One of my friends sent me a text upon learning her husband was diagnosed with colon cancer. I was surprised—yet encouraged—by her reaction.
“God’s got this,” she said confidently.
I want that type of unswerving trust in the One who can handle all things.
Then I realized something. You and I have the ability to have that kind of trust in God because we’ve been given the same thing that my friend, Allison, has been given: God’s trustworthy Word. And his trustworthy character. Still, we tend to be people who worry.
When I asked a group of Christian women to tell me what they worry about most, this is what they said:
- I worry about my children, and that they will wander from the Lord.
- I worry that I don’t have any friends.
- I’m concerned about unsaved family members. I want them to know Christ and spend eternity with him. I’m worried about the stability of my marriage and my husband’s desire for a divorce.
I’m so comforted to know that God is intimately acquainted with all our ways and that he knows our thoughts (and concerns) before we even think them (Psalm 139:2). That assures me he is already working on the matters that concern us most.
I’m also glad God knew we would be worriers and prone to anxiety and stress. And I’m SO glad he had the Apostle Paul address our “anxious thoughts” in Philippians 4:6-7:
Don’t worry about anything; instead, pray about everything. Tell God what you need, and thank him for all he has done. Then you will experience God’s peace, which exceeds anything we can understand. His peace will guard your hearts and minds as you live in Christ Jesus.
So, according to that verse, if you’re worried about not having friends, tell God about it, and thank him that he already knows your situation. Ask his wisdom in leading you toward trusted friends and then rest in the peace that comes from trusting him.
If you’re concerned your unsaved family members, remember that God desires their salvation even more than you do. So thank him that he is the One who draws all men to himself, and then pray specifically for them, trusting God’s timing and methods. He may choose to reach them through you and he may not.
And when you start to stress out about your marriage, remember that God’s heart breaks over broken marriages—not because he can’t fix them, but because we often give up before we allow him the chance to restore it all. He is the God of reconciliation, not the God of giving up. He is also the author of persevering love. Pray, dear friend, for your husband’s heart to soften toward the Lord and that, in the process, you can love him as God loves him.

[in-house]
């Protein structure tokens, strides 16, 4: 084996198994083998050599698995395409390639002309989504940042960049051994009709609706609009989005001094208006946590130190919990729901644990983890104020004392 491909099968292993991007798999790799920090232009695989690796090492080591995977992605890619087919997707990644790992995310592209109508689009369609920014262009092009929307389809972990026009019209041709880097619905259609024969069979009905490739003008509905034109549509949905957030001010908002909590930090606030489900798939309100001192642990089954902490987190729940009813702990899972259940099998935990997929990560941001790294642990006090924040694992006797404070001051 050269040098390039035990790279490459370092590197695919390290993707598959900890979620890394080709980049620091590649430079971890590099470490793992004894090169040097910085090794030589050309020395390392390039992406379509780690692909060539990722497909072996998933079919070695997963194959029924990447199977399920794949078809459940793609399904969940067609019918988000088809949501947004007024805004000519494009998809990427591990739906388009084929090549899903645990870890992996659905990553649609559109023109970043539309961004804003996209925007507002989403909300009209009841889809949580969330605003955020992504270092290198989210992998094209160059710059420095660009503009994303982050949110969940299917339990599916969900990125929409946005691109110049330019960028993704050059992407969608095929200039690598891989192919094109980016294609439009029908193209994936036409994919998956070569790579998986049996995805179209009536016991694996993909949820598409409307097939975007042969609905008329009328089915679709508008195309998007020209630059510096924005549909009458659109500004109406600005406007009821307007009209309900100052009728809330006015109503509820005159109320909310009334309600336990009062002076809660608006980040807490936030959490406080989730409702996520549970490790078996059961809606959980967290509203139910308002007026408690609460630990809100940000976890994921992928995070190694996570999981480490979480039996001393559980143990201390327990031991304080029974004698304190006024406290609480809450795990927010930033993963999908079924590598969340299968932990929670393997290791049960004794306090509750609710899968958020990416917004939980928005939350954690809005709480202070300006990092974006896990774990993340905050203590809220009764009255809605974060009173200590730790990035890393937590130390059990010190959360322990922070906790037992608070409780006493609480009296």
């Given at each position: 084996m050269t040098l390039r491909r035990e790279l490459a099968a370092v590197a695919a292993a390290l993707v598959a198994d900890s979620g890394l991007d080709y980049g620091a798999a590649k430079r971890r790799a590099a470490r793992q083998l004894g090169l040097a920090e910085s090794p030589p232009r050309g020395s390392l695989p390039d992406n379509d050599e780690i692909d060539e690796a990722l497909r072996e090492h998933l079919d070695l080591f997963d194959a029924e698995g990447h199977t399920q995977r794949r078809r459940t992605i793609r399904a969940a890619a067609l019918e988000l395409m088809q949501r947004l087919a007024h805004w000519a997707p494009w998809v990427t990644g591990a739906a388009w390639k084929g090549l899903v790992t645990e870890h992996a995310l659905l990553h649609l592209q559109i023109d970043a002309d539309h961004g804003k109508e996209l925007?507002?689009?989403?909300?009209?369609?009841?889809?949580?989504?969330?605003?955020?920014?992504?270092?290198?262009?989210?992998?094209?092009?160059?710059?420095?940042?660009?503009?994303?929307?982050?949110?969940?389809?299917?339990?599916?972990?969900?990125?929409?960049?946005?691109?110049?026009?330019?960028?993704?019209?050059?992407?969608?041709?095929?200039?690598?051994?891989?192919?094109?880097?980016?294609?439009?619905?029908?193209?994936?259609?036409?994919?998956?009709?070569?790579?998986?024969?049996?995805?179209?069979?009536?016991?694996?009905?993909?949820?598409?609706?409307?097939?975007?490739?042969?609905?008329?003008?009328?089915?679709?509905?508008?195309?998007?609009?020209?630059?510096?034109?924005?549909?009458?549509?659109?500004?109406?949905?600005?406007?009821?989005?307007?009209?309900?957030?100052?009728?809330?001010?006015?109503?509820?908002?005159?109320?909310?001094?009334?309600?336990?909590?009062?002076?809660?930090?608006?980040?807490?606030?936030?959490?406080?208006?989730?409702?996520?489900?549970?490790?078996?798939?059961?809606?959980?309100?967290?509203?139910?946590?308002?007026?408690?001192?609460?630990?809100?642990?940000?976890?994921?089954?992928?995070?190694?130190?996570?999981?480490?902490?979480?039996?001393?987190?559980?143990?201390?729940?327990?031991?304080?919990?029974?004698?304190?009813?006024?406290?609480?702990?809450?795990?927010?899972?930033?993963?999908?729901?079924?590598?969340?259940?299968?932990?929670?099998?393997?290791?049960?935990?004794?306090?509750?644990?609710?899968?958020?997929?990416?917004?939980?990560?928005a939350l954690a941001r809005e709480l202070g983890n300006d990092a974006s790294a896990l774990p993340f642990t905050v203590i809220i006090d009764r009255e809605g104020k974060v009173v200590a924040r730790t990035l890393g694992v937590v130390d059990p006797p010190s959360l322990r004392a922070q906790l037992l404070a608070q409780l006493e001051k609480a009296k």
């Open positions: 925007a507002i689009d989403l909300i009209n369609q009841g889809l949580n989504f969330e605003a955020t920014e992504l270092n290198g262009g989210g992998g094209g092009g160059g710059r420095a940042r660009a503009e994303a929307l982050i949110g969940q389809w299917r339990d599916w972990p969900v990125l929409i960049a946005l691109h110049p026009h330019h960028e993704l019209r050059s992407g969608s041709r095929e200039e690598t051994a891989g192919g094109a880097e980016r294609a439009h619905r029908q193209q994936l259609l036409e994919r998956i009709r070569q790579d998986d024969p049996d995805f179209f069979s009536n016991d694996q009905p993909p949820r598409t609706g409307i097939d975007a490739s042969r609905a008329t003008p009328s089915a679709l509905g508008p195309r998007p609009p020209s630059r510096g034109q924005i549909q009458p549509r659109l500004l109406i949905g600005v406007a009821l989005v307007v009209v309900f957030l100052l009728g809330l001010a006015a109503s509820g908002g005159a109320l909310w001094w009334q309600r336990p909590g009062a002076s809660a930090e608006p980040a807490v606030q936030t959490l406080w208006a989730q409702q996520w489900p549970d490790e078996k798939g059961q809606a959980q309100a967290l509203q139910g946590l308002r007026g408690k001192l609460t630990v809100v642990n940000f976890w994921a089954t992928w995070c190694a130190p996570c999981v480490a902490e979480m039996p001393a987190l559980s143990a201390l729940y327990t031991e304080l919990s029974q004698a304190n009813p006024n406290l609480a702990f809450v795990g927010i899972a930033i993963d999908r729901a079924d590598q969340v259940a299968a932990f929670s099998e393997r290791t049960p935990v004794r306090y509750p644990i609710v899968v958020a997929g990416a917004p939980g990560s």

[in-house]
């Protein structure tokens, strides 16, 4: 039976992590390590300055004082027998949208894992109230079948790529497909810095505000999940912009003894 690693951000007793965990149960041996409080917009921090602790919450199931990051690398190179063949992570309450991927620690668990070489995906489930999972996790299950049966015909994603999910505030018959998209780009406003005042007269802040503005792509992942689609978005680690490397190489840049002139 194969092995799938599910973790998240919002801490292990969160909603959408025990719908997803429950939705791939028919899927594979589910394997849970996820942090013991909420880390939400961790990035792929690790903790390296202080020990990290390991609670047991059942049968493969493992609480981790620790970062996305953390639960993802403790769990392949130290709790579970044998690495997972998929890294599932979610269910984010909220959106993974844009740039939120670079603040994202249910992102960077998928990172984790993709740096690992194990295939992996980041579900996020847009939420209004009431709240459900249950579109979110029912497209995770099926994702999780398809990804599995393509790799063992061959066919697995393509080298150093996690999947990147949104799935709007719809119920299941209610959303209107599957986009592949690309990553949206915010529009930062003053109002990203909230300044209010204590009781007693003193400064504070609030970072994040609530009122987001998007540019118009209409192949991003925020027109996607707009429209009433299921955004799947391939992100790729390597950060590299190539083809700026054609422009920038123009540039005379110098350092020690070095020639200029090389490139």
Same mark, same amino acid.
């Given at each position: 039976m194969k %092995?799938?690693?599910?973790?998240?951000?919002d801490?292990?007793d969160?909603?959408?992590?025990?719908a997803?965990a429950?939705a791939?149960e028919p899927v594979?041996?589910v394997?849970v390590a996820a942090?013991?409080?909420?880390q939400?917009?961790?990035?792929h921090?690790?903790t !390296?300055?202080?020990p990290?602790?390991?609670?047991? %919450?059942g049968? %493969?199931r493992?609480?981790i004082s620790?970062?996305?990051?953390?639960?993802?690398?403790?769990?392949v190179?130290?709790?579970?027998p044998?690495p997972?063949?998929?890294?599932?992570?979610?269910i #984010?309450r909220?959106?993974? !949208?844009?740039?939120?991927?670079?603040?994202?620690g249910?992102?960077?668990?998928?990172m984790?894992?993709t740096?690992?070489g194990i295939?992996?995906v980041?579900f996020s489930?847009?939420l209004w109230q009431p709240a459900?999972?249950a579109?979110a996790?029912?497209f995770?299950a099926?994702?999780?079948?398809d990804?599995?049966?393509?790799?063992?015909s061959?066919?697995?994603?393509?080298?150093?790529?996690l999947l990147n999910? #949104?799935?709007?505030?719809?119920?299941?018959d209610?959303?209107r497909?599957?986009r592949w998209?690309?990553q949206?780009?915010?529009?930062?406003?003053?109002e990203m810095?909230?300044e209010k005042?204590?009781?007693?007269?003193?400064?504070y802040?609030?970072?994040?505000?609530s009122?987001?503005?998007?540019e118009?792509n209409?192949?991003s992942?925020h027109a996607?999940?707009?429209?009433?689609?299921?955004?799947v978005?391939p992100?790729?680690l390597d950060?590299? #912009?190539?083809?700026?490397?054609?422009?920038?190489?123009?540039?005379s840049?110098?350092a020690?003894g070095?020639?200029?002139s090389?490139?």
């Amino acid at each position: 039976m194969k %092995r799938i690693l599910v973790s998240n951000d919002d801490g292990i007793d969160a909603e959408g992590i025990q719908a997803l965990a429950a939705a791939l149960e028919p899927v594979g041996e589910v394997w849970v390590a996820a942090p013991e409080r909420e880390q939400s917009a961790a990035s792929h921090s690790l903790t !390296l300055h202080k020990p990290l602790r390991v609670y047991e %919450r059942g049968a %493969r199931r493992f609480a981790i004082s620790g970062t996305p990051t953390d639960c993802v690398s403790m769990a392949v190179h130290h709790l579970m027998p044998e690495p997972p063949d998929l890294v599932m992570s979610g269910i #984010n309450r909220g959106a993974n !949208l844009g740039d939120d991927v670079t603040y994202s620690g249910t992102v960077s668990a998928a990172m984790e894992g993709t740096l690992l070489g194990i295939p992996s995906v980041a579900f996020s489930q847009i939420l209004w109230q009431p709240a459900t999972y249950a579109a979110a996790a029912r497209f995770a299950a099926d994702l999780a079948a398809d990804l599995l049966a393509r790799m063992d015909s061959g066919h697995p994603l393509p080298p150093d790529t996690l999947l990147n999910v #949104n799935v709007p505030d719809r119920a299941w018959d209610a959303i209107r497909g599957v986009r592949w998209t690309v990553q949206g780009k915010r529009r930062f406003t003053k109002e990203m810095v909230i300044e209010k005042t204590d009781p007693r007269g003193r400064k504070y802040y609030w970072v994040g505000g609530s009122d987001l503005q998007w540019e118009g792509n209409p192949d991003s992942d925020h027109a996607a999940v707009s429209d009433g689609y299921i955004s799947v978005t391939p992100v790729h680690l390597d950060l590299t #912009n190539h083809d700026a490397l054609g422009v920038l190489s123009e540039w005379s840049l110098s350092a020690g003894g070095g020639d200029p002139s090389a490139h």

Any time you find yourself in a situation you can’t do anything about (which is why we worry in the first place) trust that God is who he says he is and he can work out that situation far better than you.
In my life, when I begin to worry that God hasn’t “done something yet,” I have to remind myself that he is who he says he is. He doesn’t need my help. He doesn’t need my stress. He desires my trust. When I acknowledge that he is God and I am not and that his plan is always better than mine, that is when he gives me that peace that guards my heart and soul—as Philippians talks about.
He still expects me to be a good friend before I can find a good friend. He still expects me to share my faith and talk openly of his goodness, in case he wants to use me to reach my unsaved family members. And he still expects me to work at my marriage and be the wife he called me to be, regardless of what I might feel. But when you’ve done what you can, go confidently back to the principles in Philippians 4:6-7 and “Don’t worry about anything; instead, pray about everything. Tell God what you need, and thank him for all he has done. Then you will experience God’s peace, which exceeds anything we can understand…” (NLT).
The next time you begin to worry, ask yourself “What am I believing about God that isn’t true?” “Do I believe he is true to his word? Do I believe he can really take care of this?”
Trust that he really can work ALL things together for good to those who love him and are called according to his purpose (Romans 8:28). And through this time of waiting and trusting (rather than worrying), you can also have peace knowing that during your time of trusting, he is making you more like his Son (Romans 8:29).
Today, my friend’s husband who was diagnosed with colon cancer is doing remarkably well. It’s been two years. The cancer is gone. They’re still living day by day in the palm of God’s hand. And they’re still convinced—and so am I—that “God’s got this.”